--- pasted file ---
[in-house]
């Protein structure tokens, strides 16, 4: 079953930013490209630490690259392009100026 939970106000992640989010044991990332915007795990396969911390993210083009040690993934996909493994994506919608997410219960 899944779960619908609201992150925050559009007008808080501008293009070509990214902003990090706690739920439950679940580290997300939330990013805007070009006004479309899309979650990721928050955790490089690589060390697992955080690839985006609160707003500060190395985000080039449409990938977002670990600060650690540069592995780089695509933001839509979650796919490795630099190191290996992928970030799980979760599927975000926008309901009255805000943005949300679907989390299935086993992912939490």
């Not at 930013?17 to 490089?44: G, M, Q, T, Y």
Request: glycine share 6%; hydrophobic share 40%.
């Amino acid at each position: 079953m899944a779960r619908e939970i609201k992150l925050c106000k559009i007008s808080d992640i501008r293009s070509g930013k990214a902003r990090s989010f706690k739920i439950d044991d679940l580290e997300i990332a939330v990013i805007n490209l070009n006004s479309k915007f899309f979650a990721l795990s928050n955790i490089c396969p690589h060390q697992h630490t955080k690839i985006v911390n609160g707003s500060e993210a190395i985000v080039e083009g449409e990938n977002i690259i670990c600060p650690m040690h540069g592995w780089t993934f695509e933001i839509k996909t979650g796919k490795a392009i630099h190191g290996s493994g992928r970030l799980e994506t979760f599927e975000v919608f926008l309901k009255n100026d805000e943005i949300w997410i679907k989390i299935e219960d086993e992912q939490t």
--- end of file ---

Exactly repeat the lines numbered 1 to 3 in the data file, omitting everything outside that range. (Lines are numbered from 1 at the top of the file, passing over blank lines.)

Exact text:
[in-house]
């Protein structure tokens, strides 16, 4: 079953930013490209630490690259392009100026 939970106000992640989010044991990332915007795990396969911390993210083009040690993934996909493994994506919608997410219960 899944779960619908609201992150925050559009007008808080501008293009070509990214902003990090706690739920439950679940580290997300939330990013805007070009006004479309899309979650990721928050955790490089690589060390697992955080690839985006609160707003500060190395985000080039449409990938977002670990600060650690540069592995780089695509933001839509979650796919490795630099190191290996992928970030799980979760599927975000926008309901009255805000943005949300679907989390299935086993992912939490």
């Not at 930013?17 to 490089?44: G, M, Q, T, Y």